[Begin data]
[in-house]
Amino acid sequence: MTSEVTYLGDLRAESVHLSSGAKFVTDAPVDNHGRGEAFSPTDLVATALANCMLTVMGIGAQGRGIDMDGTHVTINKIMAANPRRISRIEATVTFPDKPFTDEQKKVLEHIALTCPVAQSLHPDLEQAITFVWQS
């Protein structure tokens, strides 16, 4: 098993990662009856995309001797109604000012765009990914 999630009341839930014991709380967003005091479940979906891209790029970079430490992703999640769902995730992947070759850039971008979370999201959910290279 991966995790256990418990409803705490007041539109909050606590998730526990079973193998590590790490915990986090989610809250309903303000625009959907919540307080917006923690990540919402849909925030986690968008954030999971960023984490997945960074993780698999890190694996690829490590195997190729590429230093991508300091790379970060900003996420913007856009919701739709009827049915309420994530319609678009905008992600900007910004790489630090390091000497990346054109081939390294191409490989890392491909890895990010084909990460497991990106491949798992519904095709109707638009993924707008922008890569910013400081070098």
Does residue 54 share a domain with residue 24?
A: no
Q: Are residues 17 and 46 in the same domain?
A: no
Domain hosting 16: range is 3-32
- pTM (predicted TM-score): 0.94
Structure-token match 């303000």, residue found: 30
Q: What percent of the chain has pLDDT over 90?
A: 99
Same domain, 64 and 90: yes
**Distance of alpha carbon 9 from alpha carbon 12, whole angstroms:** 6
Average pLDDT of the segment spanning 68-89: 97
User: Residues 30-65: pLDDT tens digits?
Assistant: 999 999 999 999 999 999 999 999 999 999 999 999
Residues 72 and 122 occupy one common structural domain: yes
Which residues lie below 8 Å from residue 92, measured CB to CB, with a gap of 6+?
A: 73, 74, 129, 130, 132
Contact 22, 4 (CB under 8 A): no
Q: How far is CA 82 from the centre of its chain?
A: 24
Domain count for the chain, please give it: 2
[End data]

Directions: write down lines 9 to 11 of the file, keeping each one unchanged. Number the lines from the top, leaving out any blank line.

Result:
- pTM (predicted TM-score): 0.94
Structure-token match 């303000």, residue found: 30
Q: What percent of the chain has pLDDT over 90?